johnnycab23513 | February 2, 2012 at 11:20 am

As this is the only site I am addicted to that has this problem, I right click the back button and left click my home page to back out.

    When I have to use IE, I’ve worked around this issue by not clicking on links but right-clicking and doing “open in a new tab” so that when I’m done looking at the link, I can just close the tab and be back where I was.

Reading about bugs in IE is liking reading about grammar anomalies in an ancient Mayan dialect. It has some intellectual appeal, but no bearing on my daily life whatsoever.

wonder if mouse software works when button click does not. tried it in ie8 and 9 last night and seemed fine here.
however I never actually click back button, just use mouse button.
course I use FF normally too 🙂

    Henry Hawkins in reply to Neo. | February 2, 2012 at 12:22 pm

    You know, I said to myself, “don’t click it, don’t click it, just don’t” and clicked it anyway, and now I’m blind. Thank you very much, Mr. Neo. Do you know how much a braille monitor costs?

Yeah, just switched back to Firefox after using IE 9 for a time. When in IE 9 and go out to some sites, especially from a news aggregator who must not be named, using the “go back” button doesn’t always work. So thanks for explaining why that’s the case.

This is the same type of unforced errors made in web technology, so-called “C” programming languages, and other such touchy feely activities. Never understood how the world wide web and the internet could be designed without a real concern for integrity and security; those seem to have been added on after-the-fact. Of course, Algol, my all time, mostly, programming language was developed without any regard to input output requirements, as was the CDC 1604 operating system way back then; well, at a least not in terms of I/O procedures per se’; jeez, what were they thinking, that’d we’d all use the toggles on the dashboard? Jeez, a person’s mind could go numb after sitting at a console all day long.

    Doug Wright in reply to Doug Wright. | February 2, 2012 at 12:05 pm

    Reminds me of my all-time favorite movie line, from Lawrence of Arabia, when the Tony Quinn character said: “He’s not perfect!” Well, that could also be said about Firefox, but it is perfectly adequate most times.

The fix for the issue lies here:
http://www.mozilla.org/en-US/firefox/new/
or here
https://www.google.com/chrome?&brand=CHMB&utm_campaign=en&utm_source=en-ha-na-us-sk&utm_medium=ha

Assuming you aren’t trapped in IE (work policy or some such)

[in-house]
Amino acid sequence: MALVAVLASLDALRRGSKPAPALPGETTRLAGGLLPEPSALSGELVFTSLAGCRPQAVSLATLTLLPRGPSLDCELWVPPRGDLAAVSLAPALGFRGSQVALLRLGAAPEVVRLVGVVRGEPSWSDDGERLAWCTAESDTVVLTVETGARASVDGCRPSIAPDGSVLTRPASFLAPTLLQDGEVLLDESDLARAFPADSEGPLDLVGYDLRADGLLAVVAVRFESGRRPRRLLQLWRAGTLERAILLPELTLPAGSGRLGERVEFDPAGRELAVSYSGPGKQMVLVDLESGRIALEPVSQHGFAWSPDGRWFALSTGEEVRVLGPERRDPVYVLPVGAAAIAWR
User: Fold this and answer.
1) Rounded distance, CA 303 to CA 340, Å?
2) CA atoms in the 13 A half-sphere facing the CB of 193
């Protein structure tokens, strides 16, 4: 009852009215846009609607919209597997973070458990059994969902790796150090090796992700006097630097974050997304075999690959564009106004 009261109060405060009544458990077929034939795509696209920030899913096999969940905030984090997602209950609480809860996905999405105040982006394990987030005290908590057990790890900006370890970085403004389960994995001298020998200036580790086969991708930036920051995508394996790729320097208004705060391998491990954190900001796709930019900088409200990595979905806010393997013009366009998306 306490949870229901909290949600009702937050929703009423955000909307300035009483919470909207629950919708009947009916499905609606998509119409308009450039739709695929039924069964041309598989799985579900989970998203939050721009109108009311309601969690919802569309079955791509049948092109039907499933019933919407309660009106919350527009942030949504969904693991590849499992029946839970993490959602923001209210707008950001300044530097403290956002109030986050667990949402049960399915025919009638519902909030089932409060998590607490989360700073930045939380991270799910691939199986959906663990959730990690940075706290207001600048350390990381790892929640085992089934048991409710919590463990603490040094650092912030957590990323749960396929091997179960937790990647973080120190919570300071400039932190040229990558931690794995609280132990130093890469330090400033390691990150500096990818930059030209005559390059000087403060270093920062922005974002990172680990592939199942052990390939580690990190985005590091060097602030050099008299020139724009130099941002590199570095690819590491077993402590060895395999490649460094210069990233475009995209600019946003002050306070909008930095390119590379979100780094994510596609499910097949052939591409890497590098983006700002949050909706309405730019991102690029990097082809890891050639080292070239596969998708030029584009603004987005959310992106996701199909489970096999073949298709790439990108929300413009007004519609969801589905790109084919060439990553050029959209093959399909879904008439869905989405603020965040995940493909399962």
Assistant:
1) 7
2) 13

Firefox—problem solved.

9thDistrictNeighbor | February 2, 2012 at 12:00 pm

Not to mention the Safari load-ancient-cache-back-button problem on the iphone. “It’s not a bug, it’s a feature….”

    Is that the thing were you hit the back button and it takes you to a version of the previous screen three weeks ago? It is both aggravating and eerie at the same time.

    Upgrading the iPhone to the new software was a BIG mistake and it is not reversible.

    🙁

firefox with ie tab for those that need IE for specific sites

IE 9 behaves exactly as it should, AdSense has intentional designed their advertisements to achieve this behavior. To work-around this ploy by AdSense (and there are others), simply right click the back arrow and then select the site to which you’d like to go from the history list presented. It some cases, there may be so many of the AdSense links in the history list that the site you wish may not appear. You can select the last item then rinse and repeat as necessary or just navigate to another page from the favorites list.

Firefox with Adblock Plus and NoScript plugins is the best most hassle-free surfing experience I have found. Please be respectful though and whitelist good sites like this or patterico or whomever. What little they receive from blogads is their reward for all the work they’ve put into their sites.

Of course, it’s perfectly acceptable and expected to block out all advertising on sites like Huffpo or CNN.

I have to agree with rdmdawg – adBlockers help you but they certainly don’t help the sites you visit. I believe IE should fix this issue (or Google) so users aren’t required to use AdBlockers for things to function normally.

Another solution (sort of) that helps with Web annoyances such as cookies and ad downloads is controlling cookies. In IE it’s done this way.